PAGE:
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Published on May 1st, 2014 | by Christopher DeMorro

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Tesla Gigafactory Moving Forward In Two States

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May 1st, 2014 by
 

Originally published on Gas2.

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Tesla Motors CEO Elon Musk is reportedly ready to announce the two finalists for the location of the coveted Gigafactory, and may break ground at both sites. Why? To make sure the factory, which still faces plenty of skepticism, is up-and-running as quickly as possible.

The location of the Tesla Gigafactory had been whittled down to just four states; Arizona, New Mexico, Nevada, and Texas, though California has also made a last-minute bid to snag the massive manufacturing facility. But Musk has said California won’t work because regulatory issues would delay the factory, and time is apparently a big issue…to the point where the Tesla CEO is ready to break ground on two locations simultaneously.

That’s a bold move to be sure, and it further pits whatever two finalists Tesla has decided on against each other. Nevada arguably has the best odds, with the casino-heavy state being located closer to Tesla’s Fremont factory than any of the other contenders.

Building the factory in Texas could save Tesla millions in building and regulatory costs though. More importantly though, it could open one of America’s largest car markets to direct sales of the Model S in a market hostile to this new sales model.

The main priority here though is speed, because the sooner Tesla can bring battery production in house, the sooner it can move forward with the $35,000 Tesla Model E. With Tesla consuming most of the world’s battery production at an accelerating rate, one can understand why Musk is so hot-to-trot on the Gigafactory, wherever it ends up being.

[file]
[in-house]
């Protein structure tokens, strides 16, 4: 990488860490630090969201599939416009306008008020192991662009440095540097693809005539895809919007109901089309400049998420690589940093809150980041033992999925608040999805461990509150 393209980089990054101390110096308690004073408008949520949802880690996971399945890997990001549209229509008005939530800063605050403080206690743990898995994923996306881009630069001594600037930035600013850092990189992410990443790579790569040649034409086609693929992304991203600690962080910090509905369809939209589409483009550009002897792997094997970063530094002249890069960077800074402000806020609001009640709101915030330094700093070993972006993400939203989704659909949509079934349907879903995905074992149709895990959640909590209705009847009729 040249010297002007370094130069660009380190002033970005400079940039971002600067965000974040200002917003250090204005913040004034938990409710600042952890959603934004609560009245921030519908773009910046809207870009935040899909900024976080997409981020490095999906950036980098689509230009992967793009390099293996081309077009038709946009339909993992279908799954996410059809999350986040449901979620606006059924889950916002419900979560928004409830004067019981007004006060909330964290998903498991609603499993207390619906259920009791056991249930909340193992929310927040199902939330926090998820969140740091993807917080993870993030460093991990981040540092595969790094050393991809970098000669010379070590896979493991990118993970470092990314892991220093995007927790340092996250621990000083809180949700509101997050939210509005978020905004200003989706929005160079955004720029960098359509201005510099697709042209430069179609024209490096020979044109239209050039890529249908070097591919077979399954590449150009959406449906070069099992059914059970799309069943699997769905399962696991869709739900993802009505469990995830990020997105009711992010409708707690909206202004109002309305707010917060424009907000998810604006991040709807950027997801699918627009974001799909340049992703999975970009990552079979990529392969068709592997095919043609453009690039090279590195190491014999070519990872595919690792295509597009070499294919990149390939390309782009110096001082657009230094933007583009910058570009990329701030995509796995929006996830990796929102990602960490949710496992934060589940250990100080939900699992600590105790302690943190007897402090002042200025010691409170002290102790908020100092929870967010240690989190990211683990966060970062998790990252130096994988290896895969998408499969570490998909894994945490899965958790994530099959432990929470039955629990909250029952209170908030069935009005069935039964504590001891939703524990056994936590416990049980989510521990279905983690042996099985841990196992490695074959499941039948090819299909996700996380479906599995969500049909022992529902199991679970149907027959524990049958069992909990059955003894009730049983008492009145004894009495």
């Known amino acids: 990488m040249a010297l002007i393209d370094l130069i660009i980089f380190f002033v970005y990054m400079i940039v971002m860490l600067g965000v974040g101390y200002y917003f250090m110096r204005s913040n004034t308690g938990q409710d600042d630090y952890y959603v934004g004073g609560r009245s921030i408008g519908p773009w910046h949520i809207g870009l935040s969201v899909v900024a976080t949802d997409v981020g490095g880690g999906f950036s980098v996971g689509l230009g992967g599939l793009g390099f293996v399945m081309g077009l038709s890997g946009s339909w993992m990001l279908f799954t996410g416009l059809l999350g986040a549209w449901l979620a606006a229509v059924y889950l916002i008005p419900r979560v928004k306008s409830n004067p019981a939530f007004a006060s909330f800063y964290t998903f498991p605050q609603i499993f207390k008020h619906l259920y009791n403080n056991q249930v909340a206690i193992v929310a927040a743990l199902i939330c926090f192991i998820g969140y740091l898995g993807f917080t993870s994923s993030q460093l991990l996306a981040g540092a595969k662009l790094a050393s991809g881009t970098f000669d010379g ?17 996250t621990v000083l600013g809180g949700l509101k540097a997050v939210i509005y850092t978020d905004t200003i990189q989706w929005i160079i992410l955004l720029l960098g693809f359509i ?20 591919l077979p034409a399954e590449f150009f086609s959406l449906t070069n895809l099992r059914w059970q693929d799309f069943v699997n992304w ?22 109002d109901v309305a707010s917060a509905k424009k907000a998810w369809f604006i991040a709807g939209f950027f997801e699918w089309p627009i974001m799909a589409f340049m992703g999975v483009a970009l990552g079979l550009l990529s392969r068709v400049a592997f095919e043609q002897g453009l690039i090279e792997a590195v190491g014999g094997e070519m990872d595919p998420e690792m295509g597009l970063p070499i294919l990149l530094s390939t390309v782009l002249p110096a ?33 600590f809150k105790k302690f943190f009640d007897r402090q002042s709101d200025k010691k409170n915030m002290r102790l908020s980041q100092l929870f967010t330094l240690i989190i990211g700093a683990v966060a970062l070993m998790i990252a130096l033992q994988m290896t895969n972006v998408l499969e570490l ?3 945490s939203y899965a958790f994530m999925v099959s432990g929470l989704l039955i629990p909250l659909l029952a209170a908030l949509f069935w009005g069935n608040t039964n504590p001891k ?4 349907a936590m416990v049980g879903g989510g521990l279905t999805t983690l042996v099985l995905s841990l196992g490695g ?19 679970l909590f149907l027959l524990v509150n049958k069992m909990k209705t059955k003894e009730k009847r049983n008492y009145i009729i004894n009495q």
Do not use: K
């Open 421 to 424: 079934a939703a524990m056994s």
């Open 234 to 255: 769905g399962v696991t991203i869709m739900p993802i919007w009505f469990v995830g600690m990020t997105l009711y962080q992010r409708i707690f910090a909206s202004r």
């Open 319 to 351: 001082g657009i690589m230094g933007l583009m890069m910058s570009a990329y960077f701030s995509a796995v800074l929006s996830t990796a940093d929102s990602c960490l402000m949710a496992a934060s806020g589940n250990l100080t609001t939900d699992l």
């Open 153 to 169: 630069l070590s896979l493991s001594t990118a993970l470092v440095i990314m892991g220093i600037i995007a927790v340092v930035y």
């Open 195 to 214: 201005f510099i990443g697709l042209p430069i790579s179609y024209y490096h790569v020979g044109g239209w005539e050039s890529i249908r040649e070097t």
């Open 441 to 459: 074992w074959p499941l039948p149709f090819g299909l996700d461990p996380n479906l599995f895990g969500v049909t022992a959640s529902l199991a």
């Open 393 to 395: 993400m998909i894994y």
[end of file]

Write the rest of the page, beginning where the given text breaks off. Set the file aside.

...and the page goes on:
Source: Bloomberg

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About the Author

A writer and gearhead who loves all things automotive, from hybrids to HEMIs, can be found wrenching or writing- or esle, he's running, because he's one of those crazy people who gets enjoyment from running insane distances.



  • jstack6

    by the way it will be called the Tesla GEN III not model E that FORD has. 2 factories are better than one. I hope Arizona can get one of them. We have 60 computer CHIP companies and a few Solar companies and Lithium battery production is similar.

  • Gerald Katz

    Whatever the location the factory should get most of its energy from solar power.

    • Bob_Wallace

      I think that’s the plan.

      • Otis11

        And it’ll need a lot of energy – has to charge all of those batteries to 70% SoC for shipping! (Though I don’t know how high they start from manufacturing?)

        • Bob_Wallace

          I’m pretty sure by 100% renewables they mean that they’ll put as much renewable on the grid as they use. I don’t think they’re going to run offgrid.

          • Otis11

            Right, but Li-ion batteries are supposed to ship at 70% State of Charge (SoC). I don’t know what SoC Li-ion batteries are initially at when they’re fabricated, but they have to charge them up to 70% before shipping, which, given the sheer quantity of batteries being made, could equate to a lot of power simply for charging!

          • Bob_Wallace

            Ah, I didn’t understand what you were saying.

            Yep, they are going to need power. I’ll bet they’ve worked that out with SolarCity.

            Aren’t all the potential battery plant sites in pretty sunny states?

          • Otis11

            AZ, NV and NM definitely.

            TX it will depend on where they site it, but pretty much everywhere that doesn’t have good solar potential has great wind potential… except the little strip right along the LA border, but that makes little sense for placement.

            I’d guess they’d stay along the major railways in West or Central Texas – great solar, great wind, and rail access…

          • jeffhre

            And with GE. They are planning on using a combination of wind and solar.

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